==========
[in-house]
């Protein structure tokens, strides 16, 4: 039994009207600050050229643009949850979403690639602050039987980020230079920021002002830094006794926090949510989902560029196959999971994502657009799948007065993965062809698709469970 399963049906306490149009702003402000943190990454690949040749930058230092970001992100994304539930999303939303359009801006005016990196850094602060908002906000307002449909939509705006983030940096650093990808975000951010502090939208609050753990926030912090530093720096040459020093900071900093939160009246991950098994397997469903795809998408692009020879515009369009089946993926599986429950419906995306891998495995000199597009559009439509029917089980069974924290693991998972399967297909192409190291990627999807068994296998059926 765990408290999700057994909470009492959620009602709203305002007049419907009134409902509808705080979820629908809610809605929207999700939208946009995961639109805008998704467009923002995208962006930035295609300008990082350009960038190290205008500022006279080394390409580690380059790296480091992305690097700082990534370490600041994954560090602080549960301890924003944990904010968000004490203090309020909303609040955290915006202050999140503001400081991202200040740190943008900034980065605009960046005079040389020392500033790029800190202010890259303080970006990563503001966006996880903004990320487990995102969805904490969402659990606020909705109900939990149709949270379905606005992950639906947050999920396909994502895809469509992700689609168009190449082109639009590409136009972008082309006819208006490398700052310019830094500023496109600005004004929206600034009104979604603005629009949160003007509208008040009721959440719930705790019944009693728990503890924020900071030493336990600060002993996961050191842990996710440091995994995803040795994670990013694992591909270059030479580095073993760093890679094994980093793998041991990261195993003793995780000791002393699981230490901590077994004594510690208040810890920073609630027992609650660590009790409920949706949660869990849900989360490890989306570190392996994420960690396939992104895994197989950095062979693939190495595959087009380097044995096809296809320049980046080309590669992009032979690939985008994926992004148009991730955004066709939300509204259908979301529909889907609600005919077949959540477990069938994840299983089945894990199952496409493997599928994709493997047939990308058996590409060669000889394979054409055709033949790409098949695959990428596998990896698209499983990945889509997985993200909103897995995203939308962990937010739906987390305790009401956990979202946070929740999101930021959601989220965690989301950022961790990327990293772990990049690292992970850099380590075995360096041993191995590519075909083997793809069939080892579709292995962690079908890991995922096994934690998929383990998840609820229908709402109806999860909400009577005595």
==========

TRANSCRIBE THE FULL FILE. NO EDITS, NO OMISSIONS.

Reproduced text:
[in-house]
């Protein structure tokens, strides 16, 4: 039994009207600050050229643009949850979403690639602050039987980020230079920021002002830094006794926090949510989902560029196959999971994502657009799948007065993965062809698709469970 399963049906306490149009702003402000943190990454690949040749930058230092970001992100994304539930999303939303359009801006005016990196850094602060908002906000307002449909939509705006983030940096650093990808975000951010502090939208609050753990926030912090530093720096040459020093900071900093939160009246991950098994397997469903795809998408692009020879515009369009089946993926599986429950419906995306891998495995000199597009559009439509029917089980069974924290693991998972399967297909192409190291990627999807068994296998059926 765990408290999700057994909470009492959620009602709203305002007049419907009134409902509808705080979820629908809610809605929207999700939208946009995961639109805008998704467009923002995208962006930035295609300008990082350009960038190290205008500022006279080394390409580690380059790296480091992305690097700082990534370490600041994954560090602080549960301890924003944990904010968000004490203090309020909303609040955290915006202050999140503001400081991202200040740190943008900034980065605009960046005079040389020392500033790029800190202010890259303080970006990563503001966006996880903004990320487990995102969805904490969402659990606020909705109900939990149709949270379905606005992950639906947050999920396909994502895809469509992700689609168009190449082109639009590409136009972008082309006819208006490398700052310019830094500023496109600005004004929206600034009104979604603005629009949160003007509208008040009721959440719930705790019944009693728990503890924020900071030493336990600060002993996961050191842990996710440091995994995803040795994670990013694992591909270059030479580095073993760093890679094994980093793998041991990261195993003793995780000791002393699981230490901590077994004594510690208040810890920073609630027992609650660590009790409920949706949660869990849900989360490890989306570190392996994420960690396939992104895994197989950095062979693939190495595959087009380097044995096809296809320049980046080309590669992009032979690939985008994926992004148009991730955004066709939300509204259908979301529909889907609600005919077949959540477990069938994840299983089945894990199952496409493997599928994709493997047939990308058996590409060669000889394979054409055709033949790409098949695959990428596998990896698209499983990945889509997985993200909103897995995203939308962990937010739906987390305790009401956990979202946070929740999101930021959601989220965690989301950022961790990327990293772990990049690292992970850099380590075995360096041993191995590519075909083997793809069939080892579709292995962690079908890991995922096994934690998929383990998840609820229908709402109806999860909400009577005595």